Owens served as the deputy director of Texas’ Consumer Protection Division under Abbott when he was the state attorney general. After the Associated Press reported Thursday that an investigation into Trump U a few years back was “quietly dropped” under Abbott and that three years later Trump donated to Abbott’s gubernatorial campaign, Owens spoke about how he remembered the office handling the case.
What started as a Facebook comment on Thursday became by the end of the day Friday a cease and desist letter from the Texas Attorney General’s office warning his disclosures violated the law.
In Owens’ retelling, Abbott dropped the investigation for political reasons, and if it was any business other than Trump’s, legal action would have been taken. (Abbott’s office is denying the claims).
As internal AG documents posted by the Dallas Morning News reveal, the Houston division of the Consumer Protection Division sought to investigate Trump U in October 2009, a request that was approved by deputy attorney general for civil litigation David Morales, according to Owens.
“It didn’t take much to open an investigation. I don’t think anybody really thought much about it,” Owens said. “We go in. Get an injunction. Sometimes we freeze their assets. We fight for Texas consumers. Get their money back.”
The investigation found the university was advertising “free” seminars that falsely promised credits for continuing education credits in Texas real estate. The programs were never officially credentialed by the state real estate commission, the docs said, and the seminars were actually just used to convince potential customers to pay for more programming.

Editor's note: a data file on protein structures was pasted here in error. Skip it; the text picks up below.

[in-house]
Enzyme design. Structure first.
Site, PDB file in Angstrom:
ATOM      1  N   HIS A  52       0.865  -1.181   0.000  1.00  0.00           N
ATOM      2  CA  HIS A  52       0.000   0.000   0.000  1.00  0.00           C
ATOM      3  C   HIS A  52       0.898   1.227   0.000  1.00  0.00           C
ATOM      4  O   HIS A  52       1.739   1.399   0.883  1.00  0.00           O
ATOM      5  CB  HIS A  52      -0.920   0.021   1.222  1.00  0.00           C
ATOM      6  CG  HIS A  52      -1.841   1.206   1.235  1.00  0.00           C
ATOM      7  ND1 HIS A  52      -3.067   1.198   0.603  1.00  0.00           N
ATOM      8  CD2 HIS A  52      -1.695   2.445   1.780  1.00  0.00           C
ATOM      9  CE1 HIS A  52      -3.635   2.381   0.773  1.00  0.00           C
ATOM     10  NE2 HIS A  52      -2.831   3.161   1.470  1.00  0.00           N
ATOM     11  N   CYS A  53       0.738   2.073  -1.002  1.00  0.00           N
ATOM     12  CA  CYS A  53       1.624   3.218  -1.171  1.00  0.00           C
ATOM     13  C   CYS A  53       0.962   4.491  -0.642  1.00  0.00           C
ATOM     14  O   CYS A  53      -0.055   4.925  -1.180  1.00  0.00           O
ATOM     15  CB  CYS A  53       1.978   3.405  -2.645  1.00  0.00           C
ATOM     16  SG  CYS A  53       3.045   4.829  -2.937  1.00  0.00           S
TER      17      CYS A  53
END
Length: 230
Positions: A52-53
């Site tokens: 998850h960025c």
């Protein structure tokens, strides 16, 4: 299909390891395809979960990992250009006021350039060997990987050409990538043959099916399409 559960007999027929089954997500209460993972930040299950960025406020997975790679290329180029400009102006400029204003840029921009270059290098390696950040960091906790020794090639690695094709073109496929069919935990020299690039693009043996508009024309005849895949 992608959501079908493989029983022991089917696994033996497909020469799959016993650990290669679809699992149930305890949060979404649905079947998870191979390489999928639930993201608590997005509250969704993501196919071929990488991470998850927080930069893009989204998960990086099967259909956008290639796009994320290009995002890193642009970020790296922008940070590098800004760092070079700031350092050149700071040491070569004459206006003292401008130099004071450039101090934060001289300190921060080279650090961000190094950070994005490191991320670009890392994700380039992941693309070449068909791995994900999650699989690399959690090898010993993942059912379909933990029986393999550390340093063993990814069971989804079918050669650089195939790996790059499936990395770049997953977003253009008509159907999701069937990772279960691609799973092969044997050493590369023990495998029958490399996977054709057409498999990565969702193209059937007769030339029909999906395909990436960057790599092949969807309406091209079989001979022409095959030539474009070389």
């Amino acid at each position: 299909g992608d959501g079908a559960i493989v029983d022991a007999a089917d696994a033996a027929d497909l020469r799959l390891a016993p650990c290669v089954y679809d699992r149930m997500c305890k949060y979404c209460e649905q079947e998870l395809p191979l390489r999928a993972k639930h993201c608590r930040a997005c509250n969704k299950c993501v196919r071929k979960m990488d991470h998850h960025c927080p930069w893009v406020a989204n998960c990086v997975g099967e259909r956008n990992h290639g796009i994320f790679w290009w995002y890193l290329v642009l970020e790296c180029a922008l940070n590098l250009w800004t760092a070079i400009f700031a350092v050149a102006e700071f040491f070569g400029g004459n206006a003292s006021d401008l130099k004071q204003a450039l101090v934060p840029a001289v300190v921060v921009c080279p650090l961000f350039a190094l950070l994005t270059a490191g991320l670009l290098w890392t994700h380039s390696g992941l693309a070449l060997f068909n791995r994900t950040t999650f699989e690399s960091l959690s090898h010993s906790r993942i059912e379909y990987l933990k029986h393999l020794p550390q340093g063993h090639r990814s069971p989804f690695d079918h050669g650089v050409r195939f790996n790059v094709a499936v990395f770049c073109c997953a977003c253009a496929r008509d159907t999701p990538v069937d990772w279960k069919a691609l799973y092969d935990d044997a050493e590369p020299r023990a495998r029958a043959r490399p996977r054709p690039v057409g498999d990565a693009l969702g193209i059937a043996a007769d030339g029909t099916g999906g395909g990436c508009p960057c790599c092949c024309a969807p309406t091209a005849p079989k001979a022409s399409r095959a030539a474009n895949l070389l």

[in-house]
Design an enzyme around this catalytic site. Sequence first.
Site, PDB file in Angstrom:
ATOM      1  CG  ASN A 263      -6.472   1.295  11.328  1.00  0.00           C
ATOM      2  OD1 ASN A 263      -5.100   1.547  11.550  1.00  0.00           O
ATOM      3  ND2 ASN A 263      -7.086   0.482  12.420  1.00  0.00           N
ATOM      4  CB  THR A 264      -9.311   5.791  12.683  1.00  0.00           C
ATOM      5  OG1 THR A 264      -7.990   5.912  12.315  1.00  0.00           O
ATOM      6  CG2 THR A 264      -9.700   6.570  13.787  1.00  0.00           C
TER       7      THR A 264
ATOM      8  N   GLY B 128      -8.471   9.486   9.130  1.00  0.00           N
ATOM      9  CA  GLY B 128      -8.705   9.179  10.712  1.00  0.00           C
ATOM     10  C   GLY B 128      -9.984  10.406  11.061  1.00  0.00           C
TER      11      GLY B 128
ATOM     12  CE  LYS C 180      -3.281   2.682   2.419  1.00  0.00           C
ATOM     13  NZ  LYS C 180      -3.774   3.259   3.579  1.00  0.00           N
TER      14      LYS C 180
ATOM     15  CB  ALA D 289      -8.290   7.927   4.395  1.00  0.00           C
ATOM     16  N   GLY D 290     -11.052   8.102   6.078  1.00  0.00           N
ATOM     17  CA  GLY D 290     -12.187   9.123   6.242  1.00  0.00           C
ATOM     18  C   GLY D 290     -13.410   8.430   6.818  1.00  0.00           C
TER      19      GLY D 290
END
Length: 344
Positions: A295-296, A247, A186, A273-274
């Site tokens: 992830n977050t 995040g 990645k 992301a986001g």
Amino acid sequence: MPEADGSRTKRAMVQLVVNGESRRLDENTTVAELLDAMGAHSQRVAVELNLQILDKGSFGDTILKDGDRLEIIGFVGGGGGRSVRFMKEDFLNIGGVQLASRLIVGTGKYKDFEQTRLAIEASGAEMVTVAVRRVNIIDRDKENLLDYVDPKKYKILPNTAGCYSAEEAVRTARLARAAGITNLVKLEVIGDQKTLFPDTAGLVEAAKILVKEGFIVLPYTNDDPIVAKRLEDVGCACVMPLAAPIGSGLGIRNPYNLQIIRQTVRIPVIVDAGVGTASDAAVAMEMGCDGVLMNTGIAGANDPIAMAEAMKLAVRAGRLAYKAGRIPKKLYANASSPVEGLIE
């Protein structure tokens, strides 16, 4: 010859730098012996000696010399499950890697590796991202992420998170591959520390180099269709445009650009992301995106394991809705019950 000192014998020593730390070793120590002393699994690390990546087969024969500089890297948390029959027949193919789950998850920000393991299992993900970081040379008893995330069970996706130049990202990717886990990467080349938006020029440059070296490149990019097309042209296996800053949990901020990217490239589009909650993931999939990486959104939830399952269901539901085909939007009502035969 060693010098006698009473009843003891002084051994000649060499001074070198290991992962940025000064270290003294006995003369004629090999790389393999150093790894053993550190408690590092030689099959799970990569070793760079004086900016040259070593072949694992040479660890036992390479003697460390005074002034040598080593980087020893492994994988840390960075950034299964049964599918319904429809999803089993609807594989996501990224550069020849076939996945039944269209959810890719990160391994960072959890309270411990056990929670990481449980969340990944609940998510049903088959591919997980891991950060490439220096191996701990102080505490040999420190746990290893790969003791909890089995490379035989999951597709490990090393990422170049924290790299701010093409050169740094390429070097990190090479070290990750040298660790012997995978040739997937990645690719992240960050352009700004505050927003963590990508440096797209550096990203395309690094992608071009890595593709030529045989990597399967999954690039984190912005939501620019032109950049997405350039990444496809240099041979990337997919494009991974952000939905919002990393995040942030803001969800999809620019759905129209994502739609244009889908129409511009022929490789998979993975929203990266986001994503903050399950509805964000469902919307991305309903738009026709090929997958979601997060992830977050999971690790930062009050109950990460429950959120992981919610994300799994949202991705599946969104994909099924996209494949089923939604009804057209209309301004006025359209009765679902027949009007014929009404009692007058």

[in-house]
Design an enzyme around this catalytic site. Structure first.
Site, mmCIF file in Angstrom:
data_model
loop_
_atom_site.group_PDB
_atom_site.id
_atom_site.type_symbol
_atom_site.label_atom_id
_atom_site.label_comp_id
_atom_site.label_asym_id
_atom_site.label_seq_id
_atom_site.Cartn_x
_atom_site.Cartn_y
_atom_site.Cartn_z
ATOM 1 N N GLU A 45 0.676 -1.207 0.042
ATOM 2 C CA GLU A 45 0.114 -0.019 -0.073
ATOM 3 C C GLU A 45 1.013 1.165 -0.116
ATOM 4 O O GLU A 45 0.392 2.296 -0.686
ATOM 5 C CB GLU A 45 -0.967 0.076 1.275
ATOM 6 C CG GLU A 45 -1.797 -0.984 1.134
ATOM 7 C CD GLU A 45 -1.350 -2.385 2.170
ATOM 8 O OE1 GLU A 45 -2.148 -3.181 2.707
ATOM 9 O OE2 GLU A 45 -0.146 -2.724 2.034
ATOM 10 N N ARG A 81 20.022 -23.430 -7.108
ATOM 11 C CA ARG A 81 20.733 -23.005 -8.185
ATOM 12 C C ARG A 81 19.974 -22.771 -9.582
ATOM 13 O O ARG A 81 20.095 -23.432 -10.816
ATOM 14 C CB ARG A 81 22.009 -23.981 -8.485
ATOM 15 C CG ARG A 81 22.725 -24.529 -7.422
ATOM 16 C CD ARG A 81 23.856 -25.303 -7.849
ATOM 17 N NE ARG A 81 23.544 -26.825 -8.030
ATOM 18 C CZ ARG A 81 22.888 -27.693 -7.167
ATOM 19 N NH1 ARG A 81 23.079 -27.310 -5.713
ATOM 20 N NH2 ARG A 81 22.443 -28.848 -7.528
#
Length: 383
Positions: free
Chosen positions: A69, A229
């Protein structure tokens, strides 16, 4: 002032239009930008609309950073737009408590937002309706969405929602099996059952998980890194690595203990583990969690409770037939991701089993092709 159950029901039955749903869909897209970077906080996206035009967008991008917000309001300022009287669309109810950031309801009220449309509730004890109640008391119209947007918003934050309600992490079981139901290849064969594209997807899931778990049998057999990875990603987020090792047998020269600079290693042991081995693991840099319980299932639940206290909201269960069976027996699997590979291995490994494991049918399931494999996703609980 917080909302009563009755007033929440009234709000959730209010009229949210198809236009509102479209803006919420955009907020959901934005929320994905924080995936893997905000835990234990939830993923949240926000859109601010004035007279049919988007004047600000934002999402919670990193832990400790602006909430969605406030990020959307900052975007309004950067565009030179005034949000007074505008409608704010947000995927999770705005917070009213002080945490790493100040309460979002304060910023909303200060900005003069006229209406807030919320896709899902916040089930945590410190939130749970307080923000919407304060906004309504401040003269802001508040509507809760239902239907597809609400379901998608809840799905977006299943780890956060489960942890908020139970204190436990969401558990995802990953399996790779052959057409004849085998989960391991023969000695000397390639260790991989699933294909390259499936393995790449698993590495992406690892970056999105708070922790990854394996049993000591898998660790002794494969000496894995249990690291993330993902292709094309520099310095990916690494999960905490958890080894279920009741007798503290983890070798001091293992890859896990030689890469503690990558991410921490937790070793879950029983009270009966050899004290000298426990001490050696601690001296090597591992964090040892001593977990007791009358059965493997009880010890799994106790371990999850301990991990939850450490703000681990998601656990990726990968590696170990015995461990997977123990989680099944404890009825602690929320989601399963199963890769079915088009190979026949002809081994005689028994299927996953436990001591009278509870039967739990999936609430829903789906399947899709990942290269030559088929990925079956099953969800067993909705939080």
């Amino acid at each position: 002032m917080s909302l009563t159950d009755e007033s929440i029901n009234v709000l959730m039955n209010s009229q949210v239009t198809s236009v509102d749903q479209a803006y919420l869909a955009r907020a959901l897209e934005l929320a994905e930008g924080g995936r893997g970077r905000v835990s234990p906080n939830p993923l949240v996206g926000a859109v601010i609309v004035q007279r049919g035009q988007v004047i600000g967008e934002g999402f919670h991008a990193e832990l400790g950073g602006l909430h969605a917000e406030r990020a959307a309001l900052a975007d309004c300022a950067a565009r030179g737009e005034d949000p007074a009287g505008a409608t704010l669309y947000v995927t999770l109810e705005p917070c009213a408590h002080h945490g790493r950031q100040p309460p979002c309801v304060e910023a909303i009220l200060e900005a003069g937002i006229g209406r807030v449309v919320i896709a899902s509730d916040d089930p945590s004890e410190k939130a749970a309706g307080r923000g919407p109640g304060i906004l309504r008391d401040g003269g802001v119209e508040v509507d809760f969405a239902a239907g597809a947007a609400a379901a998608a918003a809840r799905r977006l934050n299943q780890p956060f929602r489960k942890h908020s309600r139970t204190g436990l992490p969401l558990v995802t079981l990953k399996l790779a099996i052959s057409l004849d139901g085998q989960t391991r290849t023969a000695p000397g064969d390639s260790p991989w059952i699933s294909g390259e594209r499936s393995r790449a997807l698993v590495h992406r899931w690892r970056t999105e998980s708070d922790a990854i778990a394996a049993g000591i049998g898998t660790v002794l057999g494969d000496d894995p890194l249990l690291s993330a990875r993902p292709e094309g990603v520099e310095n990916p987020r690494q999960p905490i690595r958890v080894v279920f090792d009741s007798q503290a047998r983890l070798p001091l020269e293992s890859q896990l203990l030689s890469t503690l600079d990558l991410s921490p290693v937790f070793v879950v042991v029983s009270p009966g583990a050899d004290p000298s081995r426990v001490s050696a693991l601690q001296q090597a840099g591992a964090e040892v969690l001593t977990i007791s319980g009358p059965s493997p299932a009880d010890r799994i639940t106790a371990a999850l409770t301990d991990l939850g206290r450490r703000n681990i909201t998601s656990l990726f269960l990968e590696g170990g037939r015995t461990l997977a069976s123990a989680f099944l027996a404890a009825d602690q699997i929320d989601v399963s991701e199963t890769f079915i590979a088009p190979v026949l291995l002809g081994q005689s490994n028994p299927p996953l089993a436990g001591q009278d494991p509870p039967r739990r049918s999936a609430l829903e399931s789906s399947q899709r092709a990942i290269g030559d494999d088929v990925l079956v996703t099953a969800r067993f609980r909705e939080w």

By May 2010, the division was ready to move forward with legal action. On May 6, it filed a request to ready a legal complaint against Trump personally as well as Trump University, and on May 11, it outlined the settlement it would propose to Trump’s lawyers.
“We wanted to have a settlement conference on May 19, where we handed them the petition, we handed them our demands, we sat down with the lawyers, and we were going to say, ‘Give us X-million dollars or we are going to file this lawsuit, we’re going to see you in court,’” Owens said. “And we were denied that opportunity.”
The internal AG documents allege Trump U had engaged in “false, misleading and deceptive practices in promoting and selling their real estate ventures in Texas.” It had suggested a $3.75 million settlement, which included recouping the $2.6 million Texas consumers had allegedly been defrauded. Owens said a meeting had even been scheduled with Trump’s lawyers for May 19, but, as he remembers it, they had asked for a little more time to prepare.
But, as his team was looking into rescheduling, they were told there would be no meeting after all.
“And then we got the word, don’t reschedule anything, the case is over. Drop it. Close it. We’re not going to sue Trump University,” Owens said. “The Houston lawyers told me that they’re not going to go after Trump because it’s Donald Trump, so I took from that that he’s being treated differently because he is Donald Trump and that’s a political decision and it was made at the highest levels of the AG’s office.”
Owen’s account was picked up by the Dallas Morning News and the Houston Chronicle after a comment he wrote on Facebook in response to a story about Trump’s connections to Mike and Irene Milin, who operated various get-quick-rich schemes. One of their operations, Information Seminars International, was sued by the Texas AG’s office in 1993 for deceptive trade practices. . .